Cervical Ausculation Cervical Auscultation – is a general term that describes several techniques for listening to the patient’s breath sounds. In research, a laryngeal microphone is used. In clinical setting, a stethoscope is placed against the lateral side of the neck in the region of the larynx and placement is adjusted until cervical breath sounds can be heard. Cervical breath sounds are generally hollow or tubular in nature as compared with breath sounds heard over the lungs. Some clinicians now routinely use cervical auscultation although great caution must be taken. Generally the pharyngeal phase is considered normal if the pharyngeal swallow occurs promptly after oral transit and the patient holds their breath during the swallow and exhales directly after the swallow. Clear breath sounds also need to be heard after the swallow. Impairment in pharyngeal swallow can be suspected if there is:

Any deviation form the sequence of events

A flushing sound of material (usually liquids) heard prior to the initiation of the swallow

Any distortion of the voice after the swallow.

Studies done with this technique have found as little as 42% comparison of this identified by cervical auscultation as aspirating and those confirmed as aspirating on an MBSS. The highest percentage of correlation was 75%. This still means 25% of aspirators were missed by cervical Auscultation. (Swigert, 1998). This is a highly technical skill and many clinicians are using it without training. Many clinicians do not use the same terms to describe what they are hearing.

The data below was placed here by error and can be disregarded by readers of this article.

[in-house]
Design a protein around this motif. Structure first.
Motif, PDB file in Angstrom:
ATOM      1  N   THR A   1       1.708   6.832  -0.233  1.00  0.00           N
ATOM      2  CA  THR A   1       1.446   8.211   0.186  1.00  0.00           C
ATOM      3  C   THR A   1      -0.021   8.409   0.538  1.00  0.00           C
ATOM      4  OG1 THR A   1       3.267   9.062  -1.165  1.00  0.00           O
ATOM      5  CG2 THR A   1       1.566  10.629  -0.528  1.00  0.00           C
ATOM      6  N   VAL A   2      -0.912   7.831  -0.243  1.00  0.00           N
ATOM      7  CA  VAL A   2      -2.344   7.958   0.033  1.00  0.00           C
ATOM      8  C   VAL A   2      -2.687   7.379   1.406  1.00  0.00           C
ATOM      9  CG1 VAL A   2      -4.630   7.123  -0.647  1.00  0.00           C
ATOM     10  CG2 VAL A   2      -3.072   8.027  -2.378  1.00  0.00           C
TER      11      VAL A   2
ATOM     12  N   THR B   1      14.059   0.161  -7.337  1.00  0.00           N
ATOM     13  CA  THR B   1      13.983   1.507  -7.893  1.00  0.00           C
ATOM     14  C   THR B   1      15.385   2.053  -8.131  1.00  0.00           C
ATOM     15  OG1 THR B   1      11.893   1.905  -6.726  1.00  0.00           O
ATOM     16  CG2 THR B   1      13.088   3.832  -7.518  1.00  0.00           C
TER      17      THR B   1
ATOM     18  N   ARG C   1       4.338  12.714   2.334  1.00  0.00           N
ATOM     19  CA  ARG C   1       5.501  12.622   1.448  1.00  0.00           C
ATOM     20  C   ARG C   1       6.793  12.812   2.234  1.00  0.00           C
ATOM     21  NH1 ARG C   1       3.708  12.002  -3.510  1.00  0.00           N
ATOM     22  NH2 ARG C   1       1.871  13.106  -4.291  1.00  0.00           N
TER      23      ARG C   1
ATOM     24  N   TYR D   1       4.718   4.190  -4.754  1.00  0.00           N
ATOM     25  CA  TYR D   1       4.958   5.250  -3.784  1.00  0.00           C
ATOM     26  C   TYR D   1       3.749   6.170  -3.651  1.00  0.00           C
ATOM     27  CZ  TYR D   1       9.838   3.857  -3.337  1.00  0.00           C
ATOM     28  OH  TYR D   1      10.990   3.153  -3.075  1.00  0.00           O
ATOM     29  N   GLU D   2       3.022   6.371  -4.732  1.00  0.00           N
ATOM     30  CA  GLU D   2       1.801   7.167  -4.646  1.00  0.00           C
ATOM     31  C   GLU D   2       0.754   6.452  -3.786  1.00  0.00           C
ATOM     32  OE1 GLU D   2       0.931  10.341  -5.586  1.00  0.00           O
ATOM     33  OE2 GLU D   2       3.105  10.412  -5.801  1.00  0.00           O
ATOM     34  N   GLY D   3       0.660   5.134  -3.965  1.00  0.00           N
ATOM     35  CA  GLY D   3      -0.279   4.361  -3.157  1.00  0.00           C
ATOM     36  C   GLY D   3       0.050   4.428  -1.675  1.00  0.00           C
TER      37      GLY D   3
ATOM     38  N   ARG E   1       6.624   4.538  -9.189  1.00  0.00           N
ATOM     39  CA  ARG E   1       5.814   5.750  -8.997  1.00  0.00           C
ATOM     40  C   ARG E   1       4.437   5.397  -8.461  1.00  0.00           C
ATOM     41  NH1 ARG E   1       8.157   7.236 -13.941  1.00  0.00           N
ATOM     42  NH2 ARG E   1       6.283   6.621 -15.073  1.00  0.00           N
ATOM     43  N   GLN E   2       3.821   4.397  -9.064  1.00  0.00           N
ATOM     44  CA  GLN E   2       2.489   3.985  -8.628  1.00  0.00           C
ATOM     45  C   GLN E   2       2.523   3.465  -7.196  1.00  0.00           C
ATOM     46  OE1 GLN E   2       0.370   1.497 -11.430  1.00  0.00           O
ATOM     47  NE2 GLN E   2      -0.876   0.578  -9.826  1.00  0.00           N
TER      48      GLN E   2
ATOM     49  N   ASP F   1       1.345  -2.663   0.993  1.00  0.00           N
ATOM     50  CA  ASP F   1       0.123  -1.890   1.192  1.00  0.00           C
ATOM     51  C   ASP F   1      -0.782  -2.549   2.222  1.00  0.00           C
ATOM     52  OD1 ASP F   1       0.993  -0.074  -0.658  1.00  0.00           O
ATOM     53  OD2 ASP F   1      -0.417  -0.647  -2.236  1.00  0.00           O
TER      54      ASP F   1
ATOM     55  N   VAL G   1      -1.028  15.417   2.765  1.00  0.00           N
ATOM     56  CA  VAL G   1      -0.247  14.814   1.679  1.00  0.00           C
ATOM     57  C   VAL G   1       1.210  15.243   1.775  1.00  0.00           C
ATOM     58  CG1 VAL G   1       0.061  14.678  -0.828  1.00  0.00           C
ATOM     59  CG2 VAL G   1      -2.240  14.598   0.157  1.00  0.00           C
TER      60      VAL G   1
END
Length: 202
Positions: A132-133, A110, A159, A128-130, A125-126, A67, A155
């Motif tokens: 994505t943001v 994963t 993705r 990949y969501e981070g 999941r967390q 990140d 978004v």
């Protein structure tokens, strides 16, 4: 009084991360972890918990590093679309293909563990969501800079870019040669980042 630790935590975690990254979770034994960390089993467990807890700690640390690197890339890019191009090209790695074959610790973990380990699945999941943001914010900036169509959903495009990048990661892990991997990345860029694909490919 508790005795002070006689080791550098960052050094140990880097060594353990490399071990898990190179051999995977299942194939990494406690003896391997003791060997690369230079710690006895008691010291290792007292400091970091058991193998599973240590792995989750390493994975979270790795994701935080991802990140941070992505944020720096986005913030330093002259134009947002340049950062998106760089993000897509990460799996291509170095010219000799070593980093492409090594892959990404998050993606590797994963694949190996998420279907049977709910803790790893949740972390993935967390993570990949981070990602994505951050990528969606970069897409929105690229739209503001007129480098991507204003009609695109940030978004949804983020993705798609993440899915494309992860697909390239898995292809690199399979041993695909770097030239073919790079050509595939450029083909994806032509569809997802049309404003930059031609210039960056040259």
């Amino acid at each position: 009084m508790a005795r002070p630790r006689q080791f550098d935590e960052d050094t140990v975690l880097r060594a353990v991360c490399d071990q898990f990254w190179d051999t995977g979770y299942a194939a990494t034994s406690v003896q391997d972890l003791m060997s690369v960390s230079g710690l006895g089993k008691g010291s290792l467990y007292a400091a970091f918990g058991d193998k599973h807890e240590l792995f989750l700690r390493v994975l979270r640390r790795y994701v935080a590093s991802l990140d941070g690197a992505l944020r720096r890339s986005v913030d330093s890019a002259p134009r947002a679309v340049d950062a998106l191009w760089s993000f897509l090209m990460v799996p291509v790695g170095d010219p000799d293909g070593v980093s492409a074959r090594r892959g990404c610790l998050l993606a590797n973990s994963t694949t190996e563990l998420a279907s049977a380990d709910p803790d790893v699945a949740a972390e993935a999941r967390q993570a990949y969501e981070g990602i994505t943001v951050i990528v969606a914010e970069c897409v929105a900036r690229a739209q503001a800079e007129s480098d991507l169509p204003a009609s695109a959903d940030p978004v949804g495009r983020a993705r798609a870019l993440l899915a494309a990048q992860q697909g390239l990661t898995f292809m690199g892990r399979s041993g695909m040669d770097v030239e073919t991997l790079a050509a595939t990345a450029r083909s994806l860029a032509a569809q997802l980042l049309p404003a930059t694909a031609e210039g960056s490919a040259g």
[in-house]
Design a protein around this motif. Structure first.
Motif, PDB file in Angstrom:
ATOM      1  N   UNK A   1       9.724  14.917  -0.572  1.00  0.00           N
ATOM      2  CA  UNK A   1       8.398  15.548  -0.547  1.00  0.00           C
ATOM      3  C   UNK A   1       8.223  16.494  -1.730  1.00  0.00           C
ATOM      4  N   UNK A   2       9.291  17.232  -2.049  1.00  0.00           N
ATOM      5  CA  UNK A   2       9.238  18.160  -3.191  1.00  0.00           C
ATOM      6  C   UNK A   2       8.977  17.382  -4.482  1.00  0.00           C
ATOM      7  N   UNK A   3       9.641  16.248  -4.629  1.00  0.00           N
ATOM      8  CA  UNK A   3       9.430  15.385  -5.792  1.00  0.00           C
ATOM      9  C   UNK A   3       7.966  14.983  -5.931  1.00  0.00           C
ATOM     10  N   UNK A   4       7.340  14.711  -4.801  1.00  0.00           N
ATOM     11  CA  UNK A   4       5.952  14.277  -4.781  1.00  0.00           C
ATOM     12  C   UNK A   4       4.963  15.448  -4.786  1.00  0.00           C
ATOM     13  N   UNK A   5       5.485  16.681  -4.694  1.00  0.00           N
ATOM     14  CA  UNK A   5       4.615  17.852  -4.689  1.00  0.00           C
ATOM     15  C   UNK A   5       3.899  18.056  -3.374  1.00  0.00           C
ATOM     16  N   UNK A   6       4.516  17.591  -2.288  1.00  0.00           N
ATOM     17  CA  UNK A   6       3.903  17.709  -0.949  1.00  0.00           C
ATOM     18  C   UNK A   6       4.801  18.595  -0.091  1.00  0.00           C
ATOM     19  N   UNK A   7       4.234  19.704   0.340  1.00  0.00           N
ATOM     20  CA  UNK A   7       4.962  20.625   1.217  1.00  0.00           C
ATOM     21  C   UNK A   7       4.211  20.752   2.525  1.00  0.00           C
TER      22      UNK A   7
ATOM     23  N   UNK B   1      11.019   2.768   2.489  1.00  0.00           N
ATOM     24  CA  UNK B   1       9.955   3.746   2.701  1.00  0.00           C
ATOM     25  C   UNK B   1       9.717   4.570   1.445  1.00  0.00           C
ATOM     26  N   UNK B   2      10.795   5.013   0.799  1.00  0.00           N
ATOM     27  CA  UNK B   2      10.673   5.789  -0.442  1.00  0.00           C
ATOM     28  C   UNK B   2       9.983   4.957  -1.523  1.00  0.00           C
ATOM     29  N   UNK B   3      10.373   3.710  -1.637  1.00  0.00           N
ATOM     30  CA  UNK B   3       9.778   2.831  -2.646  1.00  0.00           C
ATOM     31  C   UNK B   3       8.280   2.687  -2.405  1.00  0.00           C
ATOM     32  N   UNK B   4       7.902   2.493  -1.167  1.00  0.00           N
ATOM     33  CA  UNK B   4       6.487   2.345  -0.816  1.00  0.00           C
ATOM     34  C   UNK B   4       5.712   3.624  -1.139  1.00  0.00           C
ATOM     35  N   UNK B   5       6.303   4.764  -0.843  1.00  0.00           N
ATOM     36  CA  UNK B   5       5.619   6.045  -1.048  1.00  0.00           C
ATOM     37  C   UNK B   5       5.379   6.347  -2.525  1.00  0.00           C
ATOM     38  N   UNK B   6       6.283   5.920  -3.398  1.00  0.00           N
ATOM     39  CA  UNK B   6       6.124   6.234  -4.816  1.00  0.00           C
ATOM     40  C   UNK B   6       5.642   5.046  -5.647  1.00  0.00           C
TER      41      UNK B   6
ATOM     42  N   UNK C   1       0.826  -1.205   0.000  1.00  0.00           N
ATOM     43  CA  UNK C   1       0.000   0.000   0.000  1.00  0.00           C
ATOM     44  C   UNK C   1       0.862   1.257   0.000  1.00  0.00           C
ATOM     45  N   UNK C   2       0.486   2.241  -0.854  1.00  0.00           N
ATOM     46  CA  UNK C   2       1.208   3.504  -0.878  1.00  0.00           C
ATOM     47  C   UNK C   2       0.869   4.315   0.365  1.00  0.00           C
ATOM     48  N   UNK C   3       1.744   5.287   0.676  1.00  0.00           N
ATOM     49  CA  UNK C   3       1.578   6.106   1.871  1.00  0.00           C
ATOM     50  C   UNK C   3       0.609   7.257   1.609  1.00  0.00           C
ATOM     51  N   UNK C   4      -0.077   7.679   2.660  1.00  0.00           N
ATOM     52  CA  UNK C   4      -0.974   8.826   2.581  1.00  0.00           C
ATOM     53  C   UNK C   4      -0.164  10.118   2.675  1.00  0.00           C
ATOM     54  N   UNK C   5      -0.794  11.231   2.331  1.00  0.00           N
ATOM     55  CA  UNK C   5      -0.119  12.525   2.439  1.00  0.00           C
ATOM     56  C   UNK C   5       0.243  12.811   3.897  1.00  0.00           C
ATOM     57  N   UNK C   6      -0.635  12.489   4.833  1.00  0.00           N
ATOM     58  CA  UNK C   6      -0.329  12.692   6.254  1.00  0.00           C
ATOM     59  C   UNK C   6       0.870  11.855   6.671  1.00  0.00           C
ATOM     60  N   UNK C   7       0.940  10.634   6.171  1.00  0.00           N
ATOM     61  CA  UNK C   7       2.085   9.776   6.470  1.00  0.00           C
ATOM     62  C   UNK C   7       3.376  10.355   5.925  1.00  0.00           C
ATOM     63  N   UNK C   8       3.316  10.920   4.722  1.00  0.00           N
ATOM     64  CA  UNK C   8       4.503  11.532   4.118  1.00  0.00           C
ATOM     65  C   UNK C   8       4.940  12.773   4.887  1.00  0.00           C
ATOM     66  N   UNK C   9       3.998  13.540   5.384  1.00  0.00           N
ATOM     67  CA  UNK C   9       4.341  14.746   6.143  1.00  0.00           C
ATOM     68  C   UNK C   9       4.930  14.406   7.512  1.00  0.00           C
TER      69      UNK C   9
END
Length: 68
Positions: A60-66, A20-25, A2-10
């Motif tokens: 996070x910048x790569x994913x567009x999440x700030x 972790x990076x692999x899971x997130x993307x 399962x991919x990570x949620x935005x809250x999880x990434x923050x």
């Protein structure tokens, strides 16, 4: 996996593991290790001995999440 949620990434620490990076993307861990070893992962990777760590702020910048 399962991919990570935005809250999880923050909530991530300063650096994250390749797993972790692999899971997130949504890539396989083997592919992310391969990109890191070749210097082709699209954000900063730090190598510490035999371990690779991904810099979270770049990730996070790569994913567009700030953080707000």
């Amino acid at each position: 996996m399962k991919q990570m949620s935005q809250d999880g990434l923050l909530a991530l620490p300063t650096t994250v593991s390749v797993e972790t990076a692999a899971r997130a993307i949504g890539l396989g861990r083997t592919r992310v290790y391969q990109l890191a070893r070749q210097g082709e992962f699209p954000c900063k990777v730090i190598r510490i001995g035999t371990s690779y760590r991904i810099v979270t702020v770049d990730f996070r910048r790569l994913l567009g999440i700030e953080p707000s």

Dysphagia Tidbit – Cardiac surgery and dysphagia –Marionjoy Hospital in Wheatin, IL is the first hospital to report a high incidence of dysphagia following acute cardiac surgery in patients transferred from acute care to rehab. They have reported more than 27% presenting with dysphagia. Noel Rao, MD, said it seems high, but we are looking for it. There are several potential causes for this. A stretch injury of the recurrent laryngeal nerve can occur during surgery when the nerve, which loops around the heart is retracted. A post-op stroke or prolonged endotracheal intubation also may cause swallowing problems. Because of the multiple medical problems, patients can have neuromuscular weakness and therefore, a weak swallow. Marionjoy hospital showed 25% demonstrated aspiration and half of these were silent aspirators, and three-fourths have laryngeal penetration and pharyngeal residue. One of the main swallowing disorders was a delay in the swallow response. Tongue base retraction, reduced laryngeal elevation and closure were also a problem. Of the 27% who presented with dysphagia 16 experienced respiratory arrest, 12 developed post-op pneumonia and 7 had post-op fevers. MBSS was used to help determine treatment protocol. Within 2 months nearly 89% of the rehab patients were able to return to oral feeding for 3 meals a day. Nine came to the hospital already NPO.

It is all about over coming a impairment by using getting the correct diagnosis, using appropriate and safe techniques and educating the patient, family, and staff, so they can avoid pneumonia and aspiration.

ADVANCE August 2005. Susan Brady and Noel Rao M.D.